Tv & Show

War hero John Cornwell who was youngest survivor of D-Day landings aged 15 laid to rest aged 94 in moving funeral

WAR hero John Cornwell who was the youngest survivor of D-Day Normandy landings at the age of 15 has been laid to rest.

Soldiers paid a touching tribute to the Second World War hero in a moving funeral that took place in St Mary’s Church in Prestbury.


Six soldiers carried his coffin[/caption]


John Cornwell was the youngest survivor of the D-Day landings[/caption]

Mr Cornwell who took part in the Allies’ invasion of German-occupied France during the Second World War, died at the age of 94 on May 19

John, of Cheltenham., Glos, enlisted in 1942, aged just 15 and a half.

Less than two years later he was fighting his way up the beach on his way to the town of Bayeux as part of the Glosters’ 2nd Battalion, 56th Infantry Brigade.

His coffin was carried by six serving soldiers, according to his final wish.

The members of Chepstow-based 1 RIFLES will act as pallbearers.

Roy Roberts, a retired RAF wing commander and chairman of the Royal British Legion in Cheltenham, told Gloucestershire Live: “John was a long-time member of the Royal British Legion and a poppy seller.

“His earnest wish expressed to me and his family, was that ‘soldiers carry me into church when it’s my time’.”

Back in 2019, Mr Cornwell spoke to the outlet about his experience ahead of a visit to Normandy to mark the 75th anniversary of the D-day.

“It was something we had been training on for months, but when we came up behind the Hampshires, we saw they were taking a beating with many, many casualties,” he said.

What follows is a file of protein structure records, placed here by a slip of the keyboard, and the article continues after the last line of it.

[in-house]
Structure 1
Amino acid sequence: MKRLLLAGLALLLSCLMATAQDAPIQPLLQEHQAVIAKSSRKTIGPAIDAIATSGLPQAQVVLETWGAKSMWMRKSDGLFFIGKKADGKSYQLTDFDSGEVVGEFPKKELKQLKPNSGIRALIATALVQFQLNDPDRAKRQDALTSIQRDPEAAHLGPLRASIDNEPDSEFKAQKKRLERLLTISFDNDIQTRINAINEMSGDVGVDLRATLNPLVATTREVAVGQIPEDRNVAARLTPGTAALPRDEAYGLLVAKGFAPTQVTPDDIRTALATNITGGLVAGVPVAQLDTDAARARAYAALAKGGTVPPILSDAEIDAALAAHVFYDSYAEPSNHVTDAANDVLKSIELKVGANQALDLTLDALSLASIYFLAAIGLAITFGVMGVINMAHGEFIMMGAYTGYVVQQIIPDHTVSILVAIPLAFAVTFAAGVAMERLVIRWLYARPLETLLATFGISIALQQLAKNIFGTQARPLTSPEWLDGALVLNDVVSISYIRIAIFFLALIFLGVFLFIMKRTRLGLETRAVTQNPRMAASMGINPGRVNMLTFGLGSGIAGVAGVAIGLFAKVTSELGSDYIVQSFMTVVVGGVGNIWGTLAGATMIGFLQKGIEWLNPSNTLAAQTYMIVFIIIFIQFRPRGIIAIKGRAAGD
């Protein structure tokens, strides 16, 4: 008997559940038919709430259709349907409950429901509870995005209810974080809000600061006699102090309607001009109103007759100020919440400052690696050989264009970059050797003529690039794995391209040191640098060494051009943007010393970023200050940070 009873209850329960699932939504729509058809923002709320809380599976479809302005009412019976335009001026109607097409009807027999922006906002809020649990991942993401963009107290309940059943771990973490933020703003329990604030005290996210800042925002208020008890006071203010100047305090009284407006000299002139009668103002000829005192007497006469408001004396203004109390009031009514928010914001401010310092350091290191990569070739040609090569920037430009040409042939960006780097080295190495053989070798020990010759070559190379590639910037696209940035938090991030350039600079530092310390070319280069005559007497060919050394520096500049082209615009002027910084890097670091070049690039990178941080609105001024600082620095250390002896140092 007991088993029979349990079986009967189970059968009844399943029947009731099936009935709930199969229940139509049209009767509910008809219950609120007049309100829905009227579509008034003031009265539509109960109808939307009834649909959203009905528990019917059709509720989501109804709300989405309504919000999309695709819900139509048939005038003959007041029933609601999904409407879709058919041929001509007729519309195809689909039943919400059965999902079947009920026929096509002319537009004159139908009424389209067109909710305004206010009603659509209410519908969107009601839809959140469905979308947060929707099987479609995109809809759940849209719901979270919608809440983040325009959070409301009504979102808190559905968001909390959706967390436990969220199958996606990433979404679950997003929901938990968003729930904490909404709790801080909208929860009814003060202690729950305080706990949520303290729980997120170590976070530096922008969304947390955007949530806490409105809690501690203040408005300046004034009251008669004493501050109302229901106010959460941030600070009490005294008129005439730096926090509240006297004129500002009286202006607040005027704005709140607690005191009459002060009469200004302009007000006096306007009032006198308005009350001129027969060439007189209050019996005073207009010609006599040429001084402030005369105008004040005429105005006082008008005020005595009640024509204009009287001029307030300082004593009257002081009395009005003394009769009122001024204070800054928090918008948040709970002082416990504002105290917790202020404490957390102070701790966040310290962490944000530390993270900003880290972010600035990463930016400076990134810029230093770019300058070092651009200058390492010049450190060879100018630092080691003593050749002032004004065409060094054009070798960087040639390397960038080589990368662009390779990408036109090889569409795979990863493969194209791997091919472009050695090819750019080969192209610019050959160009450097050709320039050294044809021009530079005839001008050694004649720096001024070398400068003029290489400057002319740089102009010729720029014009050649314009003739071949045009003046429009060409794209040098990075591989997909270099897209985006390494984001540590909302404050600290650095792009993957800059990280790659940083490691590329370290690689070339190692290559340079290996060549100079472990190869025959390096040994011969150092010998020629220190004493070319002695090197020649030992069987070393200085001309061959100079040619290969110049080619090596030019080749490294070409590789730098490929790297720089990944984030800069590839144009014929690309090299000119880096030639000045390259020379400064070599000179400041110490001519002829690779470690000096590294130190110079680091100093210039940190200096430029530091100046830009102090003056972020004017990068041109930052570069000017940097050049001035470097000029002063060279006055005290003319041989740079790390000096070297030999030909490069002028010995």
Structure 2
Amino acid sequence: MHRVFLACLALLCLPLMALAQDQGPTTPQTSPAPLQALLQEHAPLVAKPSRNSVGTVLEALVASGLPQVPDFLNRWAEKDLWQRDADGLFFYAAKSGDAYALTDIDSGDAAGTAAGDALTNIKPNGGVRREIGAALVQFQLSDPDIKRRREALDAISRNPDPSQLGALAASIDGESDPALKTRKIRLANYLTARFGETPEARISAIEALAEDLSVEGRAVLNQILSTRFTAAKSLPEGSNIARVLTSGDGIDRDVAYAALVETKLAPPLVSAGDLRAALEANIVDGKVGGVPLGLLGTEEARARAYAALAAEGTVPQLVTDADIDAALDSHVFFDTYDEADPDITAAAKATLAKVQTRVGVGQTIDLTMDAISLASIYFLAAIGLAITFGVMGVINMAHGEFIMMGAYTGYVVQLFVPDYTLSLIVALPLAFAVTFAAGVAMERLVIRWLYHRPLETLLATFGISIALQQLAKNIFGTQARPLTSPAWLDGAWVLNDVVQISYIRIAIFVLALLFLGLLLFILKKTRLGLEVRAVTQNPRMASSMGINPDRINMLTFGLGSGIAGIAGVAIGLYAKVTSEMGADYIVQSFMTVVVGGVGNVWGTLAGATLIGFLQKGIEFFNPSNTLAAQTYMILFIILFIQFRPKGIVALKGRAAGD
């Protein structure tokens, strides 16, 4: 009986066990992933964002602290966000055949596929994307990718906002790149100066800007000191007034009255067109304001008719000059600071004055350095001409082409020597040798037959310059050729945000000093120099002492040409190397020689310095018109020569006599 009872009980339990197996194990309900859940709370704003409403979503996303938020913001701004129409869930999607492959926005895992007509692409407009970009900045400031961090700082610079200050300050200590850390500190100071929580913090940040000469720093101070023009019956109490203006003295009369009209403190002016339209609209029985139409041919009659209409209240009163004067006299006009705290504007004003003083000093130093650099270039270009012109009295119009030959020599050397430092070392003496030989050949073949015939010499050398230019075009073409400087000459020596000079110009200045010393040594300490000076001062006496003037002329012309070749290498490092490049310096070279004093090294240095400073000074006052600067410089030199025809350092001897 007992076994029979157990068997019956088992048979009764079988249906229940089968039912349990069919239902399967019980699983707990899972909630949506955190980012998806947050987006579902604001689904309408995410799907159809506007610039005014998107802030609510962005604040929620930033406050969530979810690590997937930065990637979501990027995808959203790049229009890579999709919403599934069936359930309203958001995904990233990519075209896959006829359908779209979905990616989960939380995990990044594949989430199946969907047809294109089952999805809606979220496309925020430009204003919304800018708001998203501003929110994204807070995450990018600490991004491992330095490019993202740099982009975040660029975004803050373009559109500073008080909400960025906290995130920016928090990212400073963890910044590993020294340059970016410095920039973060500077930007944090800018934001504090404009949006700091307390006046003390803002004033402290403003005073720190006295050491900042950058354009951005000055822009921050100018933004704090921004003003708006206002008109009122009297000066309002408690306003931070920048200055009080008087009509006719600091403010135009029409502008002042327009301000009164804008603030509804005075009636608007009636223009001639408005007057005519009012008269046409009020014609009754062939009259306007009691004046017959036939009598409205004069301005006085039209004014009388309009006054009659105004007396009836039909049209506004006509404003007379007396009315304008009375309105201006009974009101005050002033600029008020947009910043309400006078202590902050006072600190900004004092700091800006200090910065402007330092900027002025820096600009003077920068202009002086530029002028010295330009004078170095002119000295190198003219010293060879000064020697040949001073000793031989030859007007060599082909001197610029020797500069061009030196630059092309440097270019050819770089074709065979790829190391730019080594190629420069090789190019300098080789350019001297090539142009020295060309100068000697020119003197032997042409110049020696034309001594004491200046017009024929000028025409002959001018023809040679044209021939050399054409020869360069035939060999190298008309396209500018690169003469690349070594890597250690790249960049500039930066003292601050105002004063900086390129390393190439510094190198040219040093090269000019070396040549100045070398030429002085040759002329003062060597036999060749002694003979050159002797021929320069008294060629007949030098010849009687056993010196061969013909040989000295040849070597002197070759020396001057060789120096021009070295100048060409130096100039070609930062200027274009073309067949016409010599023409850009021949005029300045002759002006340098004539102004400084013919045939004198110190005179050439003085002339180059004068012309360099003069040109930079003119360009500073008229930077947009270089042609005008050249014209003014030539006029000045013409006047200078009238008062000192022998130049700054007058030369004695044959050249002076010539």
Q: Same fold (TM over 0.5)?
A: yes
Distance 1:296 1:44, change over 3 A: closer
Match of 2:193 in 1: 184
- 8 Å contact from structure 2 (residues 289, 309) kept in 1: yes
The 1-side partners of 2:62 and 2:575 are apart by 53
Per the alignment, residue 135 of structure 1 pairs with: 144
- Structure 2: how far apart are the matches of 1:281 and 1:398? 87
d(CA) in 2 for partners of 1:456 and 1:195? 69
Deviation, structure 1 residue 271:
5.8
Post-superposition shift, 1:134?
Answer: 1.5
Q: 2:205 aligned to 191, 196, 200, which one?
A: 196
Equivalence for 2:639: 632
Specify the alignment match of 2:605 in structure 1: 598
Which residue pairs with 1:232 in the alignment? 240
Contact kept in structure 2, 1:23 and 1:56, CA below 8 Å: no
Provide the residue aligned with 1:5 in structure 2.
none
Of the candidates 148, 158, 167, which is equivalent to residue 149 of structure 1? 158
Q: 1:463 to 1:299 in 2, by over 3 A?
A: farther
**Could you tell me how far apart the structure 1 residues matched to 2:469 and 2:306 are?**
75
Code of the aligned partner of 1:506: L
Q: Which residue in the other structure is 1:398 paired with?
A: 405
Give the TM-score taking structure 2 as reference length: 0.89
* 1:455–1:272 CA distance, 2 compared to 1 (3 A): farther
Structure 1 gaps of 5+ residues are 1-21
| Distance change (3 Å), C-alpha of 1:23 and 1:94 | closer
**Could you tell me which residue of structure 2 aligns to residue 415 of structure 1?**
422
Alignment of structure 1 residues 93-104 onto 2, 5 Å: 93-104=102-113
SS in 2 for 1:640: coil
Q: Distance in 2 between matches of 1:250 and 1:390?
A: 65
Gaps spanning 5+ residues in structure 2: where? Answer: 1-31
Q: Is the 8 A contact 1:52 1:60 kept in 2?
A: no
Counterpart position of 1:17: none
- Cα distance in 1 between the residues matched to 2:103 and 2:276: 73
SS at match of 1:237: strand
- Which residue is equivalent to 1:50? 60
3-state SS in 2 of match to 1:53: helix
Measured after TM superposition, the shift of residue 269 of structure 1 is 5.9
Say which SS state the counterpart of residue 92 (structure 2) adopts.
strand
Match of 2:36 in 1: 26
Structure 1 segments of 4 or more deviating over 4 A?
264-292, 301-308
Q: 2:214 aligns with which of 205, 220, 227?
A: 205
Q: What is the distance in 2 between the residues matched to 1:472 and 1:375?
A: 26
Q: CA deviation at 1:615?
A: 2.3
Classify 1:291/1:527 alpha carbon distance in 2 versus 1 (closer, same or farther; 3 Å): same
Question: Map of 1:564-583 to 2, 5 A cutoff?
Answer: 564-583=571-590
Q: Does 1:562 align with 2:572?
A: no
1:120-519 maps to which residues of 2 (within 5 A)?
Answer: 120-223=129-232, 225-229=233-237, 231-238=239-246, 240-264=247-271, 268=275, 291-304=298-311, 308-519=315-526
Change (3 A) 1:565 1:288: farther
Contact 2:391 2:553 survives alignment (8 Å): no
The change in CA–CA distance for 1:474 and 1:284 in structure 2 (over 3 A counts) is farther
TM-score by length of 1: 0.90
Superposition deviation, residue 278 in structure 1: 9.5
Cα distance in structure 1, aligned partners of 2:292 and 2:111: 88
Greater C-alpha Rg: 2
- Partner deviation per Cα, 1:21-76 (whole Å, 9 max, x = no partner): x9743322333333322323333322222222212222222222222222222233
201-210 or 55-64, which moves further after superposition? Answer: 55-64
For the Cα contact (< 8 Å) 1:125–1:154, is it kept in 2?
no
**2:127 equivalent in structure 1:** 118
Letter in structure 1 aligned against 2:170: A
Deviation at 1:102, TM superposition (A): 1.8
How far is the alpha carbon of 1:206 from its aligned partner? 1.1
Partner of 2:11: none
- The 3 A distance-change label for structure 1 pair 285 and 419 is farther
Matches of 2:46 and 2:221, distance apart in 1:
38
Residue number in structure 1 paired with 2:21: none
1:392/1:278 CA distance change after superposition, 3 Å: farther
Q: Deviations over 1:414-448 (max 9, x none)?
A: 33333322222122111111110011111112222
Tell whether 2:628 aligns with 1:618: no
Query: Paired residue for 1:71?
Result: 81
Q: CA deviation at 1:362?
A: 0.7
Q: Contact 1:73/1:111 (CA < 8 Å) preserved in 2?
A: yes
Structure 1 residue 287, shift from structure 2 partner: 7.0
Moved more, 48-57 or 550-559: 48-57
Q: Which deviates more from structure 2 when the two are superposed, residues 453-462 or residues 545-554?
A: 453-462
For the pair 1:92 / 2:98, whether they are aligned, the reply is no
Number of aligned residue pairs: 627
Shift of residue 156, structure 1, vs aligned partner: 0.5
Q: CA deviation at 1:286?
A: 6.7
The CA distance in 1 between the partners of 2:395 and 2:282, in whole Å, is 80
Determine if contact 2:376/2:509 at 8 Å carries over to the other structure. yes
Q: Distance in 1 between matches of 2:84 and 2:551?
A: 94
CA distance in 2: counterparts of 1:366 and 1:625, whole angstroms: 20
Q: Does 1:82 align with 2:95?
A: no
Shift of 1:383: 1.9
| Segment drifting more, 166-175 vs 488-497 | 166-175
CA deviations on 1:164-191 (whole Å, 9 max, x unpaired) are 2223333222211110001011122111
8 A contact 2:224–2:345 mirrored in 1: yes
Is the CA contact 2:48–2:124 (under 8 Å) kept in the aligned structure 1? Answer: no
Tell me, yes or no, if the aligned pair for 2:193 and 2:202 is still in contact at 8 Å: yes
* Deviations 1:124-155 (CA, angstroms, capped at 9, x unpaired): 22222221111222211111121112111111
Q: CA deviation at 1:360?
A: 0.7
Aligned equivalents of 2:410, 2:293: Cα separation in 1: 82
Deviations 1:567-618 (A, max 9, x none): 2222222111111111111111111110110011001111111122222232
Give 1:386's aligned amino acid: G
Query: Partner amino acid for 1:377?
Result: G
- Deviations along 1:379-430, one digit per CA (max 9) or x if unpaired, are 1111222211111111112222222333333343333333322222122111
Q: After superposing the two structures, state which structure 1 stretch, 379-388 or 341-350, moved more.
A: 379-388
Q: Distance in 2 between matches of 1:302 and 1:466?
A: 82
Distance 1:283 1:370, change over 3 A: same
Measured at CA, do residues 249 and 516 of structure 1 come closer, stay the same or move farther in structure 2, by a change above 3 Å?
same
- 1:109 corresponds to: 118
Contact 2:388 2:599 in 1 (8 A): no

“It was a horrible sight. We ended up having to move three miles up the beach to the King Red sector where, when it was my turn, I jumped into three feet of water, struggling to hold on to my gun and pack.

More than 150,000 troops were involved on just the first day of the D-Day campaign
Over 150,000 troops had landed in Normandy on D-Day
British troops take positions on D-Day after Allied forces stormed the Normandy beaches.
4,413 people died on D-Day

“The water was freezing and the noise all around was terrible. We did manage to get ashore and moved on to Bayeux, but too late to take it by midnight.

“The following morning we were able to take the town.

“I always go to the headstones of the other young lads, the 16-year-olds and 17-year-olds, who did not come out alive.

“There were no John Waynes on that day, we were all young men, many of us scared and a long way from home.

“I’m forever grateful I came out alive to tell the story.”

D-Day is the day of the Allied invasion of Normandy during World War II on June 6, 1944.

The Allied Forces of Britain, America, Canada, and France attacked German forces on the coast of Normandy, France and gained the most significant victory in the Second World War.

Over 150,000 troops had landed in Normandy – with 4,413 dying on D-Day alone.

The attack, known as Operation Overlord, included a combined naval, air and land assault on Nazi-occupied France.

The Duke hailed the 'incomparable' D-Day veterans in a video message
Prince Charles paid a tribute to the D-Day heroes

The landings were followed by the 76 day Battle of Normandy, with a total of 210,000 Allied casualties including American, British and Canadian.

Earlier this week Prince Charles paid a tribute to the heroes, marking the 77 years since D-Day.

He said via video-link: “May God bless our veterans, the families and all those who paid the ultimate sacrifice.”

Related Articles

Leave a Reply

Your email address will not be published. Required fields are marked *

Back to top button